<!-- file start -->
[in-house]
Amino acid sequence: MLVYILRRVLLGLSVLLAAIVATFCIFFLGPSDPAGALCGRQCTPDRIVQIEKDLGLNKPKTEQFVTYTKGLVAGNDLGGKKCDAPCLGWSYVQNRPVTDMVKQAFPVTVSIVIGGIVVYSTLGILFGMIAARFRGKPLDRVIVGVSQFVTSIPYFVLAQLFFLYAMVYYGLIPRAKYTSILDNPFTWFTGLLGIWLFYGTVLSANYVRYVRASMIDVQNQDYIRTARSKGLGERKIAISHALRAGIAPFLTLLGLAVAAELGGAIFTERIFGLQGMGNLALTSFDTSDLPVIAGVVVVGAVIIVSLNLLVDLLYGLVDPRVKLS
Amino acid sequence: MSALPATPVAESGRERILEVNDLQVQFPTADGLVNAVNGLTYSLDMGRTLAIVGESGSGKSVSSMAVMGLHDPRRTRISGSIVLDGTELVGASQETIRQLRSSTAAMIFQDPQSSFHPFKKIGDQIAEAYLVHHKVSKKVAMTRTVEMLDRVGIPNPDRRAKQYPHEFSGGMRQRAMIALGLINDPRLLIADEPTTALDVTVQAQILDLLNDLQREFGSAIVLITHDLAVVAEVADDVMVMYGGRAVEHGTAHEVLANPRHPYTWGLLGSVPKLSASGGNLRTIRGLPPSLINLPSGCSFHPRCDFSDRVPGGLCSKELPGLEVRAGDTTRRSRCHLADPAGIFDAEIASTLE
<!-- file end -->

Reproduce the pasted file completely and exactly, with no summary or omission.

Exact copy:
[in-house]
Amino acid sequence: MLVYILRRVLLGLSVLLAAIVATFCIFFLGPSDPAGALCGRQCTPDRIVQIEKDLGLNKPKTEQFVTYTKGLVAGNDLGGKKCDAPCLGWSYVQNRPVTDMVKQAFPVTVSIVIGGIVVYSTLGILFGMIAARFRGKPLDRVIVGVSQFVTSIPYFVLAQLFFLYAMVYYGLIPRAKYTSILDNPFTWFTGLLGIWLFYGTVLSANYVRYVRASMIDVQNQDYIRTARSKGLGERKIAISHALRAGIAPFLTLLGLAVAAELGGAIFTERIFGLQGMGNLALTSFDTSDLPVIAGVVVVGAVIIVSLNLLVDLLYGLVDPRVKLS
Amino acid sequence: MSALPATPVAESGRERILEVNDLQVQFPTADGLVNAVNGLTYSLDMGRTLAIVGESGSGKSVSSMAVMGLHDPRRTRISGSIVLDGTELVGASQETIRQLRSSTAAMIFQDPQSSFHPFKKIGDQIAEAYLVHHKVSKKVAMTRTVEMLDRVGIPNPDRRAKQYPHEFSGGMRQRAMIALGLINDPRLLIADEPTTALDVTVQAQILDLLNDLQREFGSAIVLITHDLAVVAEVADDVMVMYGGRAVEHGTAHEVLANPRHPYTWGLLGSVPKLSASGGNLRTIRGLPPSLINLPSGCSFHPRCDFSDRVPGGLCSKELPGLEVRAGDTTRRSRCHLADPAGIFDAEIASTLE